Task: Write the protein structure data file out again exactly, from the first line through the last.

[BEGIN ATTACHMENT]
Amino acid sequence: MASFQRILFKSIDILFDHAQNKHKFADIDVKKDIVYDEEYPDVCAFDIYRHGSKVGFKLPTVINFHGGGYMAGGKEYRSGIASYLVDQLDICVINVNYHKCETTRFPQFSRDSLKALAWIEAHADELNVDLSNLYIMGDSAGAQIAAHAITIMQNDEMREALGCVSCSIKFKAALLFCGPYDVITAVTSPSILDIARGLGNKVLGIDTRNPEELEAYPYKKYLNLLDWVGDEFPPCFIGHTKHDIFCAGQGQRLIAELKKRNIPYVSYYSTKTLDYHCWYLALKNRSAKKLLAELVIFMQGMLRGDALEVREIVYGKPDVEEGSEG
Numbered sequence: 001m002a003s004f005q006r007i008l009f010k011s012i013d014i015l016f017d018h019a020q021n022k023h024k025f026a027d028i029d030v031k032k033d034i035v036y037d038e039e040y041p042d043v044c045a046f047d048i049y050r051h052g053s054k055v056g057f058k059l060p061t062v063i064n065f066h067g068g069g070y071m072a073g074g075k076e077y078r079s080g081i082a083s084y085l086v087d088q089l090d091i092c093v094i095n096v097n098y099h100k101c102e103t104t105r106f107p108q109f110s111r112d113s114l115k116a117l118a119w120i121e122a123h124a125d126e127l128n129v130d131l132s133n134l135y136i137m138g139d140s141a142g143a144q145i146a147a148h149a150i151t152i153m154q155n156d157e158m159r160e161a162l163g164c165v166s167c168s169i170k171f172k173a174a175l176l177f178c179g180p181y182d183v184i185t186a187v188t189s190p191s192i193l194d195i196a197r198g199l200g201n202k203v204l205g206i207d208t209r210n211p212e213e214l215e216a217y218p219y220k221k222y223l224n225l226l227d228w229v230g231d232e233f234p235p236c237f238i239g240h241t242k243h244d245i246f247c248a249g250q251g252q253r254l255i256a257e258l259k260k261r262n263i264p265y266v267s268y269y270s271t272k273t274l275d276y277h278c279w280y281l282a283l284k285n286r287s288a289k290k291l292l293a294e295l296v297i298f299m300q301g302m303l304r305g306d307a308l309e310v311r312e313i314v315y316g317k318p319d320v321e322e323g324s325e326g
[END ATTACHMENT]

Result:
Amino acid sequence: MASFQRILFKSIDILFDHAQNKHKFADIDVKKDIVYDEEYPDVCAFDIYRHGSKVGFKLPTVINFHGGGYMAGGKEYRSGIASYLVDQLDICVINVNYHKCETTRFPQFSRDSLKALAWIEAHADELNVDLSNLYIMGDSAGAQIAAHAITIMQNDEMREALGCVSCSIKFKAALLFCGPYDVITAVTSPSILDIARGLGNKVLGIDTRNPEELEAYPYKKYLNLLDWVGDEFPPCFIGHTKHDIFCAGQGQRLIAELKKRNIPYVSYYSTKTLDYHCWYLALKNRSAKKLLAELVIFMQGMLRGDALEVREIVYGKPDVEEGSEG
Numbered sequence: 001m002a003s004f005q006r007i008l009f010k011s012i013d014i015l016f017d018h019a020q021n022k023h024k025f026a027d028i029d030v031k032k033d034i035v036y037d038e039e040y041p042d043v044c045a046f047d048i049y050r051h052g053s054k055v056g057f058k059l060p061t062v063i064n065f066h067g068g069g070y071m072a073g074g075k076e077y078r079s080g081i082a083s084y085l086v087d088q089l090d091i092c093v094i095n096v097n098y099h100k101c102e103t104t105r106f107p108q109f110s111r112d113s114l115k116a117l118a119w120i121e122a123h124a125d126e127l128n129v130d131l132s133n134l135y136i137m138g139d140s141a142g143a144q145i146a147a148h149a150i151t152i153m154q155n156d157e158m159r160e161a162l163g164c165v166s167c168s169i170k171f172k173a174a175l176l177f178c179g180p181y182d183v184i185t186a187v188t189s190p191s192i193l194d195i196a197r198g199l200g201n202k203v204l205g206i207d208t209r210n211p212e213e214l215e216a217y218p219y220k221k222y223l224n225l226l227d228w229v230g231d232e233f234p235p236c237f238i239g240h241t242k243h244d245i246f247c248a249g250q251g252q253r254l255i256a257e258l259k260k261r262n263i264p265y266v267s268y269y270s271t272k273t274l275d276y277h278c279w280y281l282a283l284k285n286r287s288a289k290k291l292l293a294e295l296v297i298f299m300q301g302m303l304r305g306d307a308l309e310v311r312e313i314v315y316g317k318p319d320v321e322e323g324s325e326g